On May 5, 2018, Dwight Ink, a 1947 alumnus of the Department of Political Science, received an honorary degree as a Doctor of Humane Letters at ISU’s Spring 2018 morning Commencement ceremony.
Ink, who served in many capacities for seven United States presidents, is only the second department alum honored with an honorary doctorate. The other recipient is Michael Crow, President of Arizona State University.
Here is the text about Ink’s award from the Spring 2018 Commencement program:
Dwight Ink is a native Iowan, an accomplished civil servant with extraordinary and outstanding contributions to government and governing, and a trusted adviser to seven U.S. presidents. Ink, who grew up in a poverty stricken rural family during the Great Depression, entered Iowa State College in 1940, but he left to serve in the U.S. Army for three years (1942–1945). He returned to Ames and in 1947, and he was the first Iowa State student to earn a degree in government.
After obtaining his Master of Public Administration degree from the University of Minnesota, he entered the Federal government and quickly rose to high-level leadership roles in a number of federal agencies. These included the U.S. Atomic Energy Commission, from 1951-1965, where in the aftermath of the 1964 earthquake that leveled huge portions of the state, President Johnson appointed him to serve as executive director of the Federal Reconstruction and Development Planning Commission for Alaska. Ink chaired the White House Task Force on Education (Johnson, 1965); established the Management function in the newly created Office of Management and Budget (Nixon, 1969); headed the Personnel Management Project on Civil Service Reform (Carter, 1977); and held two Senator confirmed appointments under President Reagan, including Administrator for the Community Service Administration (the only federal agency ever closed down during peacetime) and Assistant Administrator for Latin America at the U.S. Agency for International Development.
Ink possessed an unusual combination of management savvy, determination, and a willingness to take risks, and he successfully attacked government waste and corruption on behalf of seven presidents, from Dwight Eisenhower to Ronald Reagan. Known as “Mr. Implementation,” he was profiled in the book, If We Can Put a Man on the Moon …: Getting Big Things Done in Government, where the authors noted, “The political class respected the skills Dwight Ink brought to the table. … He took the responsibility of making government work seriously. … If our government is to reclaim a reputation for competency, we will need more Dwight Inks.” Just this year, Mr. Ink published his fourth book, Getting Things Done with Courage and Conviction.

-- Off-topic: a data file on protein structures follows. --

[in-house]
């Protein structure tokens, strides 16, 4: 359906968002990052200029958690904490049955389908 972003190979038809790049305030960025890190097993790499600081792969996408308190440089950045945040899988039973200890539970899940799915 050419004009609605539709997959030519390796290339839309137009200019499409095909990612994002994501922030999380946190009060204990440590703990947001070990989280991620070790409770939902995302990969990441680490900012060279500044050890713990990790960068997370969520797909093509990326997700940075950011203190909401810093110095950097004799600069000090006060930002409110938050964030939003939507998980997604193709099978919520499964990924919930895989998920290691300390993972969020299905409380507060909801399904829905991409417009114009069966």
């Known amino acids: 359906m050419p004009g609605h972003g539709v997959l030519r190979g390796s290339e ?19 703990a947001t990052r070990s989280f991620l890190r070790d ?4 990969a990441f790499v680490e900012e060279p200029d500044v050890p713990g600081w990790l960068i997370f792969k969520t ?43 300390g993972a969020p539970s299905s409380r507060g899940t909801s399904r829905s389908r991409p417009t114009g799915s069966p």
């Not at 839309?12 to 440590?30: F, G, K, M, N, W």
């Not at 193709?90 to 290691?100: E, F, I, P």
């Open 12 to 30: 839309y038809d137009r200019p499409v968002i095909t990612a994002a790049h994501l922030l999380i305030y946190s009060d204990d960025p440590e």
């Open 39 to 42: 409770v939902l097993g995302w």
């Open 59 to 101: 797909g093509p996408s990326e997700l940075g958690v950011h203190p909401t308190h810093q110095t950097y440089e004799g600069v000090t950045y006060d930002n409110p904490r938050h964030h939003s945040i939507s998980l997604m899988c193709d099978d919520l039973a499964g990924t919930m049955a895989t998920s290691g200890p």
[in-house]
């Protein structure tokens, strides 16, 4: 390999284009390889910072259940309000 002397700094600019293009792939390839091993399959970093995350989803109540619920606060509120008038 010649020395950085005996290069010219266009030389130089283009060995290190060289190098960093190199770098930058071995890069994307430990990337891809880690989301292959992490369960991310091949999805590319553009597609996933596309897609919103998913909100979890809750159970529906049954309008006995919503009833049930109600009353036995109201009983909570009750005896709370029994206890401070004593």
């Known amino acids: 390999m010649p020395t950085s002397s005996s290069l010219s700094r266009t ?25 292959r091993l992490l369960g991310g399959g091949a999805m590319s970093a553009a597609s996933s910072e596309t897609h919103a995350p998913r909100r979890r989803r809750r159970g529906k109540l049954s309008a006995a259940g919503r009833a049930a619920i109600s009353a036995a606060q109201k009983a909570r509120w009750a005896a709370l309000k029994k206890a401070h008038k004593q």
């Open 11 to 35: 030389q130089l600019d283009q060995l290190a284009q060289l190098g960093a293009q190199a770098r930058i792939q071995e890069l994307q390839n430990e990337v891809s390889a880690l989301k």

Ink was active in a number of professional organizations and served on the boards of the American Public Works Association, the National Civil Service League, the International Institute of Administrative Sciences, and the National Academy of Public Administration, and he served as president of the American Society of Public Administration and the Institute for Public Administration. He has received awards from numerous institutions, including the National Service League, the U.S. Atomic Energy Commission, the General Services Administration, and Brigham Young University.
Ink’s accomplishments, and his 75-year connection with Iowa State, are chronicled in a number of sources, and his public papers are archived by the Special Collections Department in the university’s Parks Library.
Faculty members from Iowa State’s Department of Political Science nominated Ink for the honorary degree, supported by many letters from leaders in public administration.